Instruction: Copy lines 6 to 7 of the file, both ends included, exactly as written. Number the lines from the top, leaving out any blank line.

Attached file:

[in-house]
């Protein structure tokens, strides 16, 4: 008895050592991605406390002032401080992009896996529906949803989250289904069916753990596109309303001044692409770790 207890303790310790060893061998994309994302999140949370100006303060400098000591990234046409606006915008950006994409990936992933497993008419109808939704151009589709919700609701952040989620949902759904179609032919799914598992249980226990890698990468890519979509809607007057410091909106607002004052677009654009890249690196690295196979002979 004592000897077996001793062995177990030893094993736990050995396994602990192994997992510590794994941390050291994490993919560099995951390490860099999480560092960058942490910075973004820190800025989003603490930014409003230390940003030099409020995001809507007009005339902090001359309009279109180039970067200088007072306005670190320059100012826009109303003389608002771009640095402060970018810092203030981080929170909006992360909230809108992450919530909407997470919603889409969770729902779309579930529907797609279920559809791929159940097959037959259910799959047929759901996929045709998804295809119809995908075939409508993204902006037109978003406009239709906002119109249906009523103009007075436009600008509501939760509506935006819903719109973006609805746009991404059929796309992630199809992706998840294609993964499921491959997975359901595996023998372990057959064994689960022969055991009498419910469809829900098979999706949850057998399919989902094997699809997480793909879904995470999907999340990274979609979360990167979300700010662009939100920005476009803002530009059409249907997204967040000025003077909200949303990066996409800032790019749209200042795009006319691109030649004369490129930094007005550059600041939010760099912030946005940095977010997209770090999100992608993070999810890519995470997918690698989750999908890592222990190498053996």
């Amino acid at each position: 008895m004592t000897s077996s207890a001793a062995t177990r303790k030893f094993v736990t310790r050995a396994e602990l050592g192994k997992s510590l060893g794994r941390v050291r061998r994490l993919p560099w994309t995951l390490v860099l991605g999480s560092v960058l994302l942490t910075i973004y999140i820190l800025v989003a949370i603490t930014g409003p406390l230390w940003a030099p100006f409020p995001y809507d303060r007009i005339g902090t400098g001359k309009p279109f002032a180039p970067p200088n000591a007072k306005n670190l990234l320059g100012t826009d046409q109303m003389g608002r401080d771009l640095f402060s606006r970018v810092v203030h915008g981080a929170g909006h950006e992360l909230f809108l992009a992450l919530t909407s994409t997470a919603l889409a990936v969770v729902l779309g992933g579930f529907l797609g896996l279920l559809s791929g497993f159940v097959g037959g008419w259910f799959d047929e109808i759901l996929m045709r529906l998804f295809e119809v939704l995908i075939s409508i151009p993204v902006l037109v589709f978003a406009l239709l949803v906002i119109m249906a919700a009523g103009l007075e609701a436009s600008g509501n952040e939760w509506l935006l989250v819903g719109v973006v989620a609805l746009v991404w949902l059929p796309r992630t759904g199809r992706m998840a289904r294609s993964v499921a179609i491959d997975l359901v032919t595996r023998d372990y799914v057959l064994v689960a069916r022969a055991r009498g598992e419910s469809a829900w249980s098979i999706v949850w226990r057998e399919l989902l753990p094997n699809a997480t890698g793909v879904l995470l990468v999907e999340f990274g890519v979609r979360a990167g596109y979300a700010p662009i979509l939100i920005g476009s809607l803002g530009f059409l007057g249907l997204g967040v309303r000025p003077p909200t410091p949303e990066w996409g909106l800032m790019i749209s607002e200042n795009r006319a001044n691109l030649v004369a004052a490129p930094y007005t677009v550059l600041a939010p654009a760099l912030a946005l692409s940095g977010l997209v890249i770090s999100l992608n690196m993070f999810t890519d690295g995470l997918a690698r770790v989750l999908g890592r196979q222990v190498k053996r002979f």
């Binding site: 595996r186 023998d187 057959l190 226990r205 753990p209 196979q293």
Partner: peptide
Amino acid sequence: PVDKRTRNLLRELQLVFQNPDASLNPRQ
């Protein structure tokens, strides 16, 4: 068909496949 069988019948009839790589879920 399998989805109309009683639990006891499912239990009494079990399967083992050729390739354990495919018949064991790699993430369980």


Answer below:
Amino acid sequence: PVDKRTRNLLRELQLVFQNPDASLNPRQ
């Protein structure tokens, strides 16, 4: 068909496949 069988019948009839790589879920 399998989805109309009683639990006891499912239990009494079990399967083992050729390739354990495919018949064991790699993430369980």